Freelance Fundraiser’s Jottings

28 August 2008

Letters to the Editor – take advantage!

“Letters to the Editor” are a great way to get some free publicity for your own charity or charities in general. For example, last Saturday’s (23 August 08) Yorkshire Post contained an excellent article by Conal Gregory on the advantages of using tax-efficient giving methods to support charities. However, I spotted a few gaps in his article and emailed a letter to the Editor.

My letter was published, helping to further raise the profile of Gift Aid and other other tax-efficient giving, as well as getting the Yorkshire Institute of Fundraising into the Press:

Giving to charity with the aid of the tax man

From: Graham Richards, chair of the Yorkshire Institute of Fundraising, Skelton on Ure, Ripon.

I WOULD like to thank Conal Gregory for his excellent article on the benefits of tax-efficient giving to charities (Yorkshire Post, August 23).

I am pleased to report that the message is getting through, as the number of people using these schemes is rising continually.

However, I would like to add four further points to Conal’s article.

Firstly, he mentions the benefits to higher-rate tax-payers who can claim back the difference between their gift and the basic rate claimed under gift aid. There is nothing to stop these people also giving this money to their charity, as it will not have cost them any more to do so.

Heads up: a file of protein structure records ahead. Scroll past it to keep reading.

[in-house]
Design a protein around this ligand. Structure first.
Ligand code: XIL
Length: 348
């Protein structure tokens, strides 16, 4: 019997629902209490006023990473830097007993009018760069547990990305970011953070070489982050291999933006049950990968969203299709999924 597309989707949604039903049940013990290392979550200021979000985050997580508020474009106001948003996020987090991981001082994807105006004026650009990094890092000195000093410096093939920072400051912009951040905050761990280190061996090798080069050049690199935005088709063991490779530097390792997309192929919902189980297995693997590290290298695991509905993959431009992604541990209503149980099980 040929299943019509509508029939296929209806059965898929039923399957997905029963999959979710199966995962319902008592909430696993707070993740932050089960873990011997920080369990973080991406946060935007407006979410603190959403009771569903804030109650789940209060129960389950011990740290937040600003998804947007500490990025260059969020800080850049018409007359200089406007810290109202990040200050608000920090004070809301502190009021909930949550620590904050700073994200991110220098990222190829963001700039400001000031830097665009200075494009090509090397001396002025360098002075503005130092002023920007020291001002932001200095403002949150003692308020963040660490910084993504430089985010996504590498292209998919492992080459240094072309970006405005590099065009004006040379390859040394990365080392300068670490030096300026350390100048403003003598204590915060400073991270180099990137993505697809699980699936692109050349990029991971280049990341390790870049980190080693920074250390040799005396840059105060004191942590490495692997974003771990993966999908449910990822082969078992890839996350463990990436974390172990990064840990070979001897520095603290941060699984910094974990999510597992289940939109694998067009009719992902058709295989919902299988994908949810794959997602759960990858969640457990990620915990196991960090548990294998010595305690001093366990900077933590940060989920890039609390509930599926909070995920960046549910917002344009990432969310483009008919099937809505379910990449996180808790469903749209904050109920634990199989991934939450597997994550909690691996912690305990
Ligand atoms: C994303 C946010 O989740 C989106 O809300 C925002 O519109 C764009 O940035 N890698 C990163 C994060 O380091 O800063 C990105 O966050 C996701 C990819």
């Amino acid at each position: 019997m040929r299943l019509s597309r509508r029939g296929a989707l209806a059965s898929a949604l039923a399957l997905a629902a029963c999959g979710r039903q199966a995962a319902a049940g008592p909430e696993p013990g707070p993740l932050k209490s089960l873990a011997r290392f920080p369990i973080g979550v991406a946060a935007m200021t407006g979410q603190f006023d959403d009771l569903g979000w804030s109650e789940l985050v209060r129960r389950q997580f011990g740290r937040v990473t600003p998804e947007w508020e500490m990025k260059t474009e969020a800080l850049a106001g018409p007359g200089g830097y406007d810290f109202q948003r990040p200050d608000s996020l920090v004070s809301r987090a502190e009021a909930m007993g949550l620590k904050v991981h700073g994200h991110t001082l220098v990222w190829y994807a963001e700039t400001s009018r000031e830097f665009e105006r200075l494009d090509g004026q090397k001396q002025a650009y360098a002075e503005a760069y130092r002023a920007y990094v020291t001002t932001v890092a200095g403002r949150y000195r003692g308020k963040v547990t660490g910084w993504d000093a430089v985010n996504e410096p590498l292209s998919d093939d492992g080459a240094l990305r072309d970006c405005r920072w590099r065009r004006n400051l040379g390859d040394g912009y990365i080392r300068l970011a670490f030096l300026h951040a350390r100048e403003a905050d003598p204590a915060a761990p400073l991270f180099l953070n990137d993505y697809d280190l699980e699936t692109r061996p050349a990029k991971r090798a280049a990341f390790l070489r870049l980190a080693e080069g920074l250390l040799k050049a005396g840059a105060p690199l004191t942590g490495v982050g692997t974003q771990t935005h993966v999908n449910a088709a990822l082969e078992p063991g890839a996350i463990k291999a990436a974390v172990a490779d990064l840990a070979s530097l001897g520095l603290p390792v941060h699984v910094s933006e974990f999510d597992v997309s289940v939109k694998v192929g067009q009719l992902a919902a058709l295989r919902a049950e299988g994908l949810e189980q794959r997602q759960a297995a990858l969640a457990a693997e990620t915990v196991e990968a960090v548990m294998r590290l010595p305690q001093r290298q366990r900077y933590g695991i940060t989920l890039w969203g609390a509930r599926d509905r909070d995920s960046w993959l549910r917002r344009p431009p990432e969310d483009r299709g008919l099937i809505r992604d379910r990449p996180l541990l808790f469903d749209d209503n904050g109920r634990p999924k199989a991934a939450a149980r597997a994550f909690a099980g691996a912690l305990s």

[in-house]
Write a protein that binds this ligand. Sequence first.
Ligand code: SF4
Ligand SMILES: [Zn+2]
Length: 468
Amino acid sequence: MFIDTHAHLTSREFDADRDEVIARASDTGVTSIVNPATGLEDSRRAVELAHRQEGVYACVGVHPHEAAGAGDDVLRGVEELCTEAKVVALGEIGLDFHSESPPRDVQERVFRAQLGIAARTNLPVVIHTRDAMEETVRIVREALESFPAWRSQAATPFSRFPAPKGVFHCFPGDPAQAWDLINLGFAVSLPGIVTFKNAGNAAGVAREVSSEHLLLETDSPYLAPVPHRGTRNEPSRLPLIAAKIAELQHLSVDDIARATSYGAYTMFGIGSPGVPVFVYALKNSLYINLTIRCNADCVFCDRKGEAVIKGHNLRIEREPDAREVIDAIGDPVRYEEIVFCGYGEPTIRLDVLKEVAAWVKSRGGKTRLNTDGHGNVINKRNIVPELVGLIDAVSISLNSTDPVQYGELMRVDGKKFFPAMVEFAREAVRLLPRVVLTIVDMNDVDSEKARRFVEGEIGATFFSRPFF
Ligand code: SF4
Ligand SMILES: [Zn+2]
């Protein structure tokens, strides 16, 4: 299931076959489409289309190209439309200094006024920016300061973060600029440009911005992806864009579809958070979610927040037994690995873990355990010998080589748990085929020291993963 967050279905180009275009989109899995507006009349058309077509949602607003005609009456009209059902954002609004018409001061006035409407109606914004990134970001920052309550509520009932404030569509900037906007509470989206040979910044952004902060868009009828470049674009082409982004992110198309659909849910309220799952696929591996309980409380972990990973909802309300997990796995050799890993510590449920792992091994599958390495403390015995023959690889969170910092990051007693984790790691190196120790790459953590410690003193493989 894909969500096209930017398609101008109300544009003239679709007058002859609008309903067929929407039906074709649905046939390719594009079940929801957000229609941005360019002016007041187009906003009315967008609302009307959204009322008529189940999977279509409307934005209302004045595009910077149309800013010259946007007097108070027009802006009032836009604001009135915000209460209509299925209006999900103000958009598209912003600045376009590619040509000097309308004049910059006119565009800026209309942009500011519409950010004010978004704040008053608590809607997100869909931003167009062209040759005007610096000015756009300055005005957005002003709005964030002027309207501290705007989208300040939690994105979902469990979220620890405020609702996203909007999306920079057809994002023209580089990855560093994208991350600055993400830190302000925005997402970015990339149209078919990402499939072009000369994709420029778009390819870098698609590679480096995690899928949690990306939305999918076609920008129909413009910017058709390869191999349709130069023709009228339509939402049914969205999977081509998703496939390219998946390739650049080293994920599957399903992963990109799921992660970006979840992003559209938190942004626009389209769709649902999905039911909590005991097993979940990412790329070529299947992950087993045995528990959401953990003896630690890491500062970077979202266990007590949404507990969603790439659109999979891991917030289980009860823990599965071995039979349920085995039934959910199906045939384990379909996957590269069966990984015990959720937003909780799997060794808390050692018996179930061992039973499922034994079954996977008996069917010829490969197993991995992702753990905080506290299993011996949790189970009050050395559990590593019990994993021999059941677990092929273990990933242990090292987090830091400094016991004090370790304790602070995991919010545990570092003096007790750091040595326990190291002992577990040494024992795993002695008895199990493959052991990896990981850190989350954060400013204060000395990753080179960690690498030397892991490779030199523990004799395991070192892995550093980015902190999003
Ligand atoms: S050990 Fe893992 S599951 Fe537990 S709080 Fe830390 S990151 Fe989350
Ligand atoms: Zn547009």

Secondly, when filling out an annual tax return, there is now an option to donate to charity all or some of any tax return you are due.

Thirdly, making a gift in your will to charity is not only tax-efficient, it could also enable you to make the biggest charitable gift you ever make, especially if you are cash poor, but asset rich. The great thing is that you will never miss the money, as it only gets paid after you no longer require it.

Lastly, there is one other area where the Government could make a big difference to donations to charity.
Under the old “deed of covenant” scheme, companies could make donations for which the charities could claim back the tax. Sadly, under gift aid, this is not the case. The thinking was that companies would give more, knowing they would benefit from the tax relief. Unfortunately, companies have not gone along with this and so the charities lose out.

Making corporate donations tax-efficient for charities would go a long way to helping them survive these tough economic times.

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